Levy v. First Group/Greyhound

Filing 9

ORDER Dismissing Case; ORDER TO SHOW CAUSE Why Plaintiff Should Not be Declared a Vexatious Litigant. Show Cause Response due by 4/3/2017. Amended Pleadings due by 4/3/2017. Signed by Judge Kandis A. Westmore on 3/2/2017. (Attachments: # 1 Attachment A)(kawlc2, COURT STAFF) (Filed on 3/2/2017) (Additional attachment(s) added on 3/2/2017: # 2 Certificate/Proof of Service) (sisS, COURT STAFF).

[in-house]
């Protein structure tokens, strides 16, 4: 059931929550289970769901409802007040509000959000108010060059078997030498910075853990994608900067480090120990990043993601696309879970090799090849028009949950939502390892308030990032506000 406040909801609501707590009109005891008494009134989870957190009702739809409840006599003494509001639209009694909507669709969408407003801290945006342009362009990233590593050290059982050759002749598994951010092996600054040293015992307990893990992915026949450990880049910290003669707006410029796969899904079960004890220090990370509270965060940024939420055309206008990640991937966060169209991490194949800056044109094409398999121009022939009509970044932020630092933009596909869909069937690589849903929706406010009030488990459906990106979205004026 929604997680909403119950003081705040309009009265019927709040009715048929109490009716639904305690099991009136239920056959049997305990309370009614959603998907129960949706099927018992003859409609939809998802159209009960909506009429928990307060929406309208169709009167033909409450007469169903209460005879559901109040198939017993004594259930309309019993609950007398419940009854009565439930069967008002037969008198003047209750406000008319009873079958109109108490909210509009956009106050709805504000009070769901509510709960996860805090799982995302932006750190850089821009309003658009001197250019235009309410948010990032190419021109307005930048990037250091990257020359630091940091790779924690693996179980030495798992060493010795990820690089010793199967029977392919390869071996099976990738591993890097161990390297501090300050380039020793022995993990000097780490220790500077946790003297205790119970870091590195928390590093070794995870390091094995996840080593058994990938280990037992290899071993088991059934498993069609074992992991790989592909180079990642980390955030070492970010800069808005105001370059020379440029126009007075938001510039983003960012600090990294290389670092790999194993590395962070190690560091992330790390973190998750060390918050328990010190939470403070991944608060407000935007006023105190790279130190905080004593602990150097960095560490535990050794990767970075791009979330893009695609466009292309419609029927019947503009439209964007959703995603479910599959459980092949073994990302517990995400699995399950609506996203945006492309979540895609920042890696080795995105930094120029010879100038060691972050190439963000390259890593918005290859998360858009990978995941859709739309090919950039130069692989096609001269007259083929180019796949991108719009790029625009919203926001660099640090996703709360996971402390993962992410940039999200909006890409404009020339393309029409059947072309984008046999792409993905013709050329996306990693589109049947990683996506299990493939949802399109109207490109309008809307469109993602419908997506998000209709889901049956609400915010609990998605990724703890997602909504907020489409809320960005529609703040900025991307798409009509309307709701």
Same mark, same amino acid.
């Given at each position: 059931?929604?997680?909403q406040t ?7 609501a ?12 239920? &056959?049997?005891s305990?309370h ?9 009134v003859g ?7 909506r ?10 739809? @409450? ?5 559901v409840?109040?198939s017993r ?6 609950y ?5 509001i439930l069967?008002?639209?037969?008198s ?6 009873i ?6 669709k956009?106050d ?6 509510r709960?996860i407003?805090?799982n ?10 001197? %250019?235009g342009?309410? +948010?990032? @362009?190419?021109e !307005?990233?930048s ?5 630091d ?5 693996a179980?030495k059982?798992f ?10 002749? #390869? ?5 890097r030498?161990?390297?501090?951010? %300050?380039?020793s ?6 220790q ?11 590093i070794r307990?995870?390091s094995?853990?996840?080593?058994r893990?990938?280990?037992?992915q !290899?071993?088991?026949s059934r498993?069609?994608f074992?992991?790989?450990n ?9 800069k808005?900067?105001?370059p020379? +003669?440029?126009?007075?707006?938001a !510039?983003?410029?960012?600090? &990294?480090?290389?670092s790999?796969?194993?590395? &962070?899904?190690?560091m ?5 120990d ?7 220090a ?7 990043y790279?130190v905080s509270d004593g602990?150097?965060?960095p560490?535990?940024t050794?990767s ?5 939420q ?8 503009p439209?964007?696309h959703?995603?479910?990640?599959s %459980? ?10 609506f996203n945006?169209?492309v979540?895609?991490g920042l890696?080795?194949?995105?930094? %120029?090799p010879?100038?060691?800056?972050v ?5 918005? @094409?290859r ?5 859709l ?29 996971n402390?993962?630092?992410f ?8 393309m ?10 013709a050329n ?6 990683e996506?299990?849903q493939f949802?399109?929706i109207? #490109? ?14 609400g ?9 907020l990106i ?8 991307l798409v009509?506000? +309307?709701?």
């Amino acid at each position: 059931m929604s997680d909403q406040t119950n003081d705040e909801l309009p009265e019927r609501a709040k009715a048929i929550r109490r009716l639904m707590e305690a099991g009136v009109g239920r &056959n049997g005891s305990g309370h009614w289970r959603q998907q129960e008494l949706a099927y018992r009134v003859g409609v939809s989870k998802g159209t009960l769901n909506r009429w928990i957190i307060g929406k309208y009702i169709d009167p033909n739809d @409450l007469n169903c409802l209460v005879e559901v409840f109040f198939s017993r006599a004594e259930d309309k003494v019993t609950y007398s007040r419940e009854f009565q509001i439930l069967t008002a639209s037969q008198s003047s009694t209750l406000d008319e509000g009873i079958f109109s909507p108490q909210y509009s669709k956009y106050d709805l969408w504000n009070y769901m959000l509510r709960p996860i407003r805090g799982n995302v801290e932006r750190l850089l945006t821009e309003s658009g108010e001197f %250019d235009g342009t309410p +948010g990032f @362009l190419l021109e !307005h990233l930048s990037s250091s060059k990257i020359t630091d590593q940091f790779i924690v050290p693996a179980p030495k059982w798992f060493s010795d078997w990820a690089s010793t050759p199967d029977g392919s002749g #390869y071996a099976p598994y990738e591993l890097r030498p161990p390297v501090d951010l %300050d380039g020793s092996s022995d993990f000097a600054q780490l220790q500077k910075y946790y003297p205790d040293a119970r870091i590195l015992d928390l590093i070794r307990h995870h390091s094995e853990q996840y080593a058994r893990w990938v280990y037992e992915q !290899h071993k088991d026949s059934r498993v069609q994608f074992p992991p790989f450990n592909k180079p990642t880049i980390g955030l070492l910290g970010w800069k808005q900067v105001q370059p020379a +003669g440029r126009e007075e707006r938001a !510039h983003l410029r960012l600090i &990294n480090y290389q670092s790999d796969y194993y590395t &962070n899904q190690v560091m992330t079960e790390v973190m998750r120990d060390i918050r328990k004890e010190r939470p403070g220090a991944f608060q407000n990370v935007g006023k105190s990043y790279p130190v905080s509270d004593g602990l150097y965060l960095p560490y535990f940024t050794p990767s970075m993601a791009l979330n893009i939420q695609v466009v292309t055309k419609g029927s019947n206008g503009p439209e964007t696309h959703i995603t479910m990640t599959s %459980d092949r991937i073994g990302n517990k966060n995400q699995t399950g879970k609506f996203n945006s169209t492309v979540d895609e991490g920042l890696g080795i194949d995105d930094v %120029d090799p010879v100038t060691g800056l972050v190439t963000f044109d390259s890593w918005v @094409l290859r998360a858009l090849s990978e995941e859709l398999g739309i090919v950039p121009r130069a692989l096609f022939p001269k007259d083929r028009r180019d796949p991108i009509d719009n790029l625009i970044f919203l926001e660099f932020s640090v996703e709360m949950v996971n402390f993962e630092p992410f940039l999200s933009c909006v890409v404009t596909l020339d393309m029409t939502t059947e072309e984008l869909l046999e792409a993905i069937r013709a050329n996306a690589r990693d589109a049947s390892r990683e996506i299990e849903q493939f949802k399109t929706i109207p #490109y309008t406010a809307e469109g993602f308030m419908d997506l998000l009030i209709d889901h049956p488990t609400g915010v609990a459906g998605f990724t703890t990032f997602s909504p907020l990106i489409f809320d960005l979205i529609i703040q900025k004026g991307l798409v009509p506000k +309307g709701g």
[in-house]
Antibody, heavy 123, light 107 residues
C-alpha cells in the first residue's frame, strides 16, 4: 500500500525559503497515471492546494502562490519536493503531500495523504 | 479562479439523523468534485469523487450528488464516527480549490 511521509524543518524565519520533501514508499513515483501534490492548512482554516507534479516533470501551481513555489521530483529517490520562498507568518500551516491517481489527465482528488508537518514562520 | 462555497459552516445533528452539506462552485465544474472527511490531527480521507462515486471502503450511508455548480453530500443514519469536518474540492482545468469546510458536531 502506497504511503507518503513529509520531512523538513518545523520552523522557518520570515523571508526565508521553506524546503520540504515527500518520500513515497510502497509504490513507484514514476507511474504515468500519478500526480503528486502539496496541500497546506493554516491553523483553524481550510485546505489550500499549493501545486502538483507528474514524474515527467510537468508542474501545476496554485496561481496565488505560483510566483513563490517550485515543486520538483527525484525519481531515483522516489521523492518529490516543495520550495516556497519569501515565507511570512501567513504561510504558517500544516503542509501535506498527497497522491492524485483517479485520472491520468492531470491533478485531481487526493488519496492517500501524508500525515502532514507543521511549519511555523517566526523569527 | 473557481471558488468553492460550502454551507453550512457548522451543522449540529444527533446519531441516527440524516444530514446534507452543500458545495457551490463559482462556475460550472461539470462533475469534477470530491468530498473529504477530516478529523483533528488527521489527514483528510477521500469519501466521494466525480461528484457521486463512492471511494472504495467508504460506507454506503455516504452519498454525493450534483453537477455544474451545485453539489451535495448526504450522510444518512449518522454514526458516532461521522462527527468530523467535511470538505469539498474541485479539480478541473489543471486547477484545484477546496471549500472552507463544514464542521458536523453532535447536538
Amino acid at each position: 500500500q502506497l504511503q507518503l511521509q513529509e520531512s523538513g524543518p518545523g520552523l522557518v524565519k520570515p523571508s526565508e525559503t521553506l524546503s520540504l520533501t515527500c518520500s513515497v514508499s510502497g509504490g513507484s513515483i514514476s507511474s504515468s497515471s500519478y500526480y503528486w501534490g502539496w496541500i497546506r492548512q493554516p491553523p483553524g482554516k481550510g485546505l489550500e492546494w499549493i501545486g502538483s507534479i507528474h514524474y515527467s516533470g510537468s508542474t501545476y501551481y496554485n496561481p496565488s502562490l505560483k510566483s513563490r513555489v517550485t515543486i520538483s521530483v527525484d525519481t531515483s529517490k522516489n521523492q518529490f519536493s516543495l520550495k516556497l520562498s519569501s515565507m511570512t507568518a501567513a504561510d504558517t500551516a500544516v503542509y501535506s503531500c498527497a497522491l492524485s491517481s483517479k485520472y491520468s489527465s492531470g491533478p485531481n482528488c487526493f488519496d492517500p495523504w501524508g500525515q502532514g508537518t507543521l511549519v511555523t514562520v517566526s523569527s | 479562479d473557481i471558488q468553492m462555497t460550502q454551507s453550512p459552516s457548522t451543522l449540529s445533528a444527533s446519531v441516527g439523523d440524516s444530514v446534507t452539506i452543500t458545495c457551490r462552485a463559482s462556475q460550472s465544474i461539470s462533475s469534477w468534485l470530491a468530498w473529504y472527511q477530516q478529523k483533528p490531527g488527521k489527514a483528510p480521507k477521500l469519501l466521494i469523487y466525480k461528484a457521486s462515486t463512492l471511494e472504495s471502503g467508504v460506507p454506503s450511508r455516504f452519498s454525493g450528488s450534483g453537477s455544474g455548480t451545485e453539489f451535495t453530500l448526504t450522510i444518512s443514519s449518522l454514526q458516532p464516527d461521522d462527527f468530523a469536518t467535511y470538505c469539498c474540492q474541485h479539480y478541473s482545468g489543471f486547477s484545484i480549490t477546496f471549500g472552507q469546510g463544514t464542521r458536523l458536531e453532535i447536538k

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1 2 3 4 UNITED STATES DISTRICT COURT 5 NORTHERN DISTRICT OF CALIFORNIA 6 MARC OLIN LEVY, 7 Case No. 17-cv-00412-KAW Plaintiff, 8 v. ORDER DISMISSING CASE; ORDER TO SHOW CAUSE WHY PLAINTIFF SHOULD NOT BE DECLARED A VEXATIOUS LITIGANT 9 FIRST GROUP/GREYHOUND, 10 Defendant. United States District Court Northern District of California 11 12 Plaintiff Marc Olin Levy, who proceeds pro se, brings the instant suit against Defendant 13 14 First Group/Greyhound. (Compl., Dkt. No. 1.) Plaintiff also filed an application to proceed in 15 forma pauperis ("IFP App"), which was granted on February 8, 2017. (Dkt. Nos. 2, 8.) Plaintiff's 16 complaint, however, must be dismissed with leave to amend because the complaint fails to state a 17 claim upon which relief can be granted.1 18 I. BACKGROUND 19 Plaintiff alleges that on June 27, 2016, he took a Greyhound bus from San Francisco, 20 headed to New York. (Compl. at 6.) Two days later, the bus arrived in St. Louis, Missouri. 21 Plaintiff alleges that he had to stay at the bus depot from 9 p.m. to 12 a.m. to catch his bus to New 22 York, but that due to "a potential national security threat or the potential of a terrorist attack[, he] 23 was scared to stay at the depot." (Id.) He left the bus depot, and returned around 1 a.m., by which 24 25 26 27 28 1 Plaintiff consented to having a magistrate judge conduct further proceedings in this case. (Docket No. 3.) The Court does not require the consent of Defendant because Defendant has not been served and therefore is not a party within the meaning of 28 U.S.C. § 636(c). See Ornelas v. De Frantz, No. 00-1067, 2000 WL 973684, at *2 n.2 (N.D. Cal. June 29, 2000) (citing Neals v. Norwood, 59 F.3d 530, 532 (5th Cir. 1994) (magistrate judge has jurisdiction to dismiss prisoner's civil rights action without consent of defendants because defendants had not been served yet and therefore were not parties). 1 2 point the bus had left. Plaintiff alleges that Greyhound's policy is that when a passenger misses a bus, a passenger 3 must pay $20 to get back on the bus. Plaintiff further alleges that Greyhound usually allows 4 people to stay at the station if stranded to let people try to raise the $20 needed. Greyhound's 5 security, however, forced Plaintiff to leave, resulting in Plaintiff being left homeless in St. Louis 6 for four days. 7 Plaintiff eventually called his parents, who purchased him a ticket back to California. On 8 the bus back to San Francisco, Plaintiff got off the bus at Grand Junction, Colorado. Plaintiff 9 alleges that he was only off the bus for five minutes to use the restroom and get water, but that the 10 United States District Court Northern District of California 11 bus had left by the time he went back outside. Plaintiff was stranded in Grand Junction for two to three days. On July 4, 2016, he went to 12 a store and asked if he could use an electrical socket to power up his phone so that he could call 13 his parents. (Id. at 6-7.) The store allowed Plaintiff to use a side room. (Id. at 7.) While 14 powering up his cell phone, the police arrived and arrested Plaintiff for trespassing. Plaintiff was 15 taken to a mental health facility, where he stayed for two weeks while arranging for transportation 16 back to California. 17 Plaintiff then filed the instant suit, alleging breach of contract and negligence for stranding 18 him in St. Louis and Grand Junction. Plaintiff also challenges Greyhound's failure to include 19 clean running water on their buses. Plaintiff seeks $10 billion in stock ownership in Defendant's 20 company. 21 II. IN FORMA PAUPERIS APPLICATION 22 A. 23 When presented with an application to proceed in forma pauperis, the court must first Legal Standard 24 determine if the applicant satisfies the economic eligibility requirements of 28 U.S.C. § 1915(a). 25 Franklin v. Murphy, 745 F.2d 1221, 1226 n.5 (9th Cir. 1984). Section 1915(a) does not require 26 absolute destitution. See McCone v. Holiday Inn Convention Ctr., 797 F.2d 853, 854 (10th Cir. 27 1982) (citing Adkins v. E.I. Du Pont de Nemous & Co., Inc., 335 U.S. 331, 339 (1948)). 28 Once the court grants an application to proceed in forma pauperis, pursuant to 28 U.S.C. 2 1 § 1915(e)(2), the court "shall dismiss [a] case at any time if the court determines that . . . the 2 action . . . fails to state a claim on which relief may be granted." See Fed. R. Civ. P. 12(b)(6). 3 Federal Rule of Civil Procedure 8(a)(2) requires that a pleading contain "a short and plain 4 statement of the claim showing that the pleader is entitled to relief." But "a complaint must 5 contain sufficient factual matter, accepted as true, to state a claim to relief that is plausible on its 6 face." Bell Atl. Corp. v. Twombly, 550 U.S. 544, 555 (2007). "Threadbare recitals of the 7 elements of a cause of action" and "conclusory statements" are not adequate. Ashcroft v. Iqbal, 8 556 U.S. 662, 678 (2009). "The plausibility standard is not akin to a probability requirement, but 9 it asks for more than a sheer possibility that a defendant has acted unlawfully . . . . When a complaint pleads facts that are merely consistent with a defendant's liability, it stops short of the 11 United States District Court Northern District of California 10 line between possibility and plausibility of entitlement to relief." Id. (quoting Twombly, 550 U.S. 12 at 557) (internal citations omitted). 13 Pro se pleadings are liberally construed. Erickson v. Pardus, 551 U.S. 89, 94 (2007) 14 (citing Estelle v. Gamble, 429 U.S. 97, 106 (1976)). "A pro se complaint, however inartfully 15 pleaded, must be held to less stringent standards than formal pleadings drafted by lawyers . . . . " 16 Estelle, 429 U.S. at 106 (internal citations omitted). 17 B. 18 The Court finds that dismissal of the complaint is appropriate. As an initial matter, Discussion 19 Plaintiff has failed to separately plead each cause of action. See Fed. R. Civ. P. 10 ("A party 20 must state its claims or defenses in numbered paragraphs, each limited as far as practicable to a 21 single set of circumstances. . . . If doing so would promote clarity, each claim founded on a 22 separate transaction or occurrence . . . must be stated in a separate count or defense."). Plaintiff 23 does not separately plead any of his causes of actions. For the sake of clarity, Plaintiff should 24 separately plead each cause of action, along with the specific facts that support each one. 25 On the merits, Plaintiff has not adequately pled a breach of contract or negligence claim. 26 First, to state a breach of contract claim under California law, a plaintiff must allege: "(1) the 27 contract, (2) plaintiff's performance or excuse for nonperformance, (3) defendant's breach, and 28 (4) the resulting damages to plaintiff." Reichert v. General Ins. Co., 68 Cal. 2d 822, 830 (1968). 3 1 Plaintiff has not pled the existence of a contract between Plaintiff and Defendant, or the terms of 2 the contract at issue in this suit, including what terms Defendant allegedly breached. Plaintiff 3 does not, for example, allege the existence of a contract which required the bus to wait for 4 Plaintiff at St. Louis or Grand Junction, or to allow Plaintiff to stay at the St. Louis bus depot. At 5 most, Plaintiff alleges that Greyhound "typical[l]y, usually" will allow people to stay at the 6 station if stranded, but this is not the equivalent of a binding contract that obligated Greyhound 7 to allow Plaintiff to stay at the bus depot. (See Compl. at 6.) Thus, this is insufficient to plead a 8 breach of contract claim. Second, to prove negligence under California law a plaintiff must plead and prove: (1) 9 defendant's legal duty of care toward plaintiff, (2) defendant's breach of that duty, (3) damage or 11 United States District Court Northern District of California 10 injury to plaintiff, and (4) a causal relationship between defendant's negligence and plaintiff's 12 damages. Palm v. United States, 835 F. Supp. 512, 520 (N.D. Cal. 1993). Plaintiff fails to 13 adequately plead the existence of a legal duty. Plaintiff has not, for example, pled facts showing 14 that Defendant had a legal duty to wait for him at Grand Junction. Plaintiff also does not plead 15 facts showing that Defendant had a legal duty to allow Plaintiff to stay at the St. Louis bus 16 depot.2 Finally, Plaintiff does not plead facts showing that Defendant has a legal duty to have 17 clean running water on their buses. Absent a legal duty of care, Defendant cannot be held liable 18 for negligence. 19 Because Plaintiff has failed to allege adequate facts to support his claims, the Court 20 dismisses Plaintiff's complaint with leave to amend. Plaintiff shall file a first amended complaint 21 within 30 days of this order. Plaintiff is on notice that the first amended complaint will 22 supersede the original complaint, such that it will be treated as nonexistent. See Armstrong v. 23 Davis, 275 F.3d 849, 878 n.40 (9th Cir. 2001), abrogated on other grounds by Johnson v. Cal., 24 543 U.S. 499 (2005). For this reason, Plaintiff shall properly identify the legal and factual bases 25 for all of his claims, free of any reference to any prior complaint, and he shall clearly identify the 26 specific claims asserted against each defendant. See King v. Atiyeh, 814 F.2d 565, 567 (9th Cir. 27 2 28 Plaintiff alleges that Defendant violated the law by removing him from the premises in St. Louis, but does not identify what law he relies on. 4 1 1987), overruled on other grounds by Lacey v. Maricopa Cty., 693 F.3d 896 (9th Cir. 2012). He 2 must also, if possible, show a basis for this Court to have jurisdiction over the case, or his 3 complaint will be dismissed with prejudice. Failure to file a first amended complaint within 30 4 days of this order may result in dismissal of this action for failure to prosecute. 5 To ensure that his first amended complaint complies with this order, Plaintiff may wish to 6 contact the Federal Pro Bono Project’s Help Desk—a free service for pro se litigants—by calling 7 (415) 782-8982. The Court has also adopted a manual for use by pro se litigants, which may be 8 helpful to Plaintiff. This manual, and other free information is available online at: 9 http://cand.uscourts.gov/proselitigants. 10 United States District Court Northern District of California 11 III. VEXATIOUS LITIGANT When a litigant has filed numerous harassing or frivolous lawsuits, the Court has the 12 power to declare him a vexatious litigant and enter an order requiring that any future complaints 13 be subject to an initial review before they are filed. District courts have the power to enter pre- 14 trial filing orders against a vexatious litigant under the All Writs Act. 28 U.S.C. § 1651(a); 15 Molski v. Evergreen Dynasty Corp., 500 F.3d 1047, 1057 (9th Cir 2007). The Ninth Circuit has 16 cautioned that "such pre-filing orders are an extreme remedy that should rarely be used" because 17 of the danger of "tread[ing] on a litigant's due process right of access to the courts." Molski, 500 18 F.3d at 1057. Nevertheless, such pre-filing orders may be appropriate because "[f]lagrant abuse 19 of the judicial process . . . enables one person to preempt the use of judicial time that properly 20 could be used to consider the meritorious claims of other litigants." De Long v. Hennessey, 912 21 F.2d 1144, 1148 (9th Cir. 1990). 22 The Ninth Circuit lists the following requirements for entering pre-filing orders against 23 vexatious litigants. First, the Court must give the litigant notice and an opportunity to be heard 24 before the order is entered. Second, the Court must compile an adequate record for review, 25 including a list of all filings leading to the conclusion that the individual is a vexatious litigant. 26 Third, the Court must make a substantive finding that the litigant's filings are frivolous or 27 harassing. Finally, the pre-filing order cannot be overly broad, but must be "narrowly tailored to 28 closely fit the specific vice encountered." De Long, 912 F.2d at 1147-48. 5 Since 2010, Plaintiff has filed 21 lawsuits in this district, nearly all of which were 1 2 dismissed at an early stage for having no merit.3 (Attachment A; e.g., Levy v. Cumulus Media, 3 Inc., Case No. 11-cv-6616-WHA, Dkt. No. 7 (dismissing case for failure to state a claim where 4 Plaintiff sought $100 million in damages for an allegedly anti-Semitic slur that was personally 5 offensive to him when a radio announcer referred to Tim Tebow as "T-Brew"); Levy v. 6 Newscorp, Case No. 12-cv-1293-EDL, Dkt. No. 7 (dismissing case for failure to state a claim 7 where Plaintiff sought $5 trillion for the defendant's alleged failure to report on stories that 8 Plaintiff submitted); Levy v. Comerica Bank, Case No. 12-cv-1296-MEJ, Dkt. No. 6 (dismissing 9 claim for failure to state a claim where Plaintiff sought $61 trillion because the defendant allegedly "steered" Plaintiff into a $30 to $35 thousand business loan instead of the $50,000 loan 11 United States District Court Northern District of California 10 he requested); Levy v. Primerica Inc., Case No. 16-cv-1254-HRL, Dkt. No. 14 (granting motion 12 to dismiss for failure to state a claim where Plaintiff sought $2 billion for being disqualified as a 13 job applicant due to his criminal record, and noting that this was the third employment lawsuit 14 filed by Plaintiff in two years).) Notably, in several of these cases which were dismissed for 15 failure to state a claim, Plaintiff asserted that he was a lawyer, although he is not listed on the 16 California State Bar website as being licensed to practice law. (See Levy v. AT&T Corp., Case 17 No. 11-cv-6615-DMR, Dkt. No. 1 (stating that he is a "Federal Civil Rights Lawyer" but 18 admitting that he is "not an attorney"); Levy v. United States of America, Case No. 12-cv-1294- 19 EDL, Dkt. No. 1 (stating that he is a "pro se lawyer"); Levy v. United States of America, Case 20 No. 12-cv-1297-DMR, Dkt. No. 1 (stating that he is a "pro se lawyer"); Levy v. AT&T Corp., 21 Case No. 17-cv-411-MEJ, Dkt. No. 1 (stating that he is a "lawyer for the People" but admitting 22 that he is not an attorney).4) Pursuant to the first De Long requirement, Plaintiff is hereby 23 3 24 The Court notes that an order to show cause as to why Plaintiff should not be deemed a vexatious litigant has also been filed in Levy v. AT&T Corp., Case No. 17-cv-411-MEJ, Dkt. No. 10. 25 4 26 27 28 Plaintiff now appears to be filing suits based on claims that were previously dismissed. In the first Levy v. AT&T Corp., Plaintiff sued AT&T Corporation based on AT&T's failure to publish an ad for his "law firm," which was submitted to AT&T on October 28, 2011. (Case No. 11-cv6615-DMR, Dkt. No. 1.) Plaintiff's complaint was dismissed because "the court cannot discern a cognizable legal claim based on Defendant's alleged mere refusal to not publish Plaintiff's advertisement in the style and with the content that he desired." (Case No. 11-cv-6615-DMR, Dkt. No. 6.) On January 26, 2017, Plaintiff filed a second lawsuit against AT&T, again based on 6 1 ORDERED to show cause why he should not be declared a vexatious litigant and have a pre- 2 filing order entered against him. He must respond to this order within 30 days of the date of this 3 order, and address each of the factors listed above. 4 5 IV. CONCLUSION For the reasons stated above, Plaintiff's complaint is dismissed with leave to amend. 6 Plaintiff has thirty days from the date of this order to: (1) file an amended complaint that corrects 7 the deficiencies stated in this order, and (2) respond to the order to show cause by explaining 8 why Plaintiff should not be declared a vexatious litigant and have a pre-filing order entered 9 against him. 10 United States District Court Northern District of California 11 12 13 IT IS SO ORDERED. Dated: March 2, 2017 __________________________________ KANDIS A. WESTMORE United States Magistrate Judge 14 15 16 17 18 19 20 21 22 23 24 25 26 27 28 AT&T's failure to publish an ad for his "law firm," which had been submitted on October 8, 2011. (Case No. 17-cv-411-MEJ, Dkt. No. 1.) 7